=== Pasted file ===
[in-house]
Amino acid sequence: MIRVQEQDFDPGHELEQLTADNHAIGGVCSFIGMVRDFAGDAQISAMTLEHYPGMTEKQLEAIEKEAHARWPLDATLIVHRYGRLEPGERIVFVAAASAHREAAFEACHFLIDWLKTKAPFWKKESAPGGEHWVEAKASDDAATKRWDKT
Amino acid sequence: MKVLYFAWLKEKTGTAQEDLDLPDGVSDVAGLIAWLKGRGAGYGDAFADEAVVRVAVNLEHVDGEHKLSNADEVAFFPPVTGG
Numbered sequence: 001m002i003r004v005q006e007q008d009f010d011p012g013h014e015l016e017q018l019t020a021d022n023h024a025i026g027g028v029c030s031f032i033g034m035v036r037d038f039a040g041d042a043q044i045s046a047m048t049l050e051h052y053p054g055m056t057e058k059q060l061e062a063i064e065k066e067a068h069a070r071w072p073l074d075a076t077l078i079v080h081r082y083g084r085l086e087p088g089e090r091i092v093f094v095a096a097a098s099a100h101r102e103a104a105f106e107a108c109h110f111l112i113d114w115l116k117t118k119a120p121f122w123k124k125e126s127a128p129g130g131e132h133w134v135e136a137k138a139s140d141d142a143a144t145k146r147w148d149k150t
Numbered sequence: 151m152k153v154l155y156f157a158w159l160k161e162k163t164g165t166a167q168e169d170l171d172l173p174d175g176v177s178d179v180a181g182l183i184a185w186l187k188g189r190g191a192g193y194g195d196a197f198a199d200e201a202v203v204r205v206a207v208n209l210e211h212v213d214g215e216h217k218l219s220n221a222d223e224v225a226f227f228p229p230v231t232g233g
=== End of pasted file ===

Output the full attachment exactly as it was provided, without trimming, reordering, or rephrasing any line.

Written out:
[in-house]
Amino acid sequence: MIRVQEQDFDPGHELEQLTADNHAIGGVCSFIGMVRDFAGDAQISAMTLEHYPGMTEKQLEAIEKEAHARWPLDATLIVHRYGRLEPGERIVFVAAASAHREAAFEACHFLIDWLKTKAPFWKKESAPGGEHWVEAKASDDAATKRWDKT
Amino acid sequence: MKVLYFAWLKEKTGTAQEDLDLPDGVSDVAGLIAWLKGRGAGYGDAFADEAVVRVAVNLEHVDGEHKLSNADEVAFFPPVTGG
Numbered sequence: 001m002i003r004v005q006e007q008d009f010d011p012g013h014e015l016e017q018l019t020a021d022n023h024a025i026g027g028v029c030s031f032i033g034m035v036r037d038f039a040g041d042a043q044i045s046a047m048t049l050e051h052y053p054g055m056t057e058k059q060l061e062a063i064e065k066e067a068h069a070r071w072p073l074d075a076t077l078i079v080h081r082y083g084r085l086e087p088g089e090r091i092v093f094v095a096a097a098s099a100h101r102e103a104a105f106e107a108c109h110f111l112i113d114w115l116k117t118k119a120p121f122w123k124k125e126s127a128p129g130g131e132h133w134v135e136a137k138a139s140d141d142a143a144t145k146r147w148d149k150t
Numbered sequence: 151m152k153v154l155y156f157a158w159l160k161e162k163t164g165t166a167q168e169d170l171d172l173p174d175g176v177s178d179v180a181g182l183i184a185w186l187k188g189r190g191a192g193y194g195d196a197f198a199d200e201a202v203v204r205v206a207v208n209l210e211h212v213d214g215e216h217k218l219s220n221a222d223e224v225a226f227f228p229p230v231t232g233g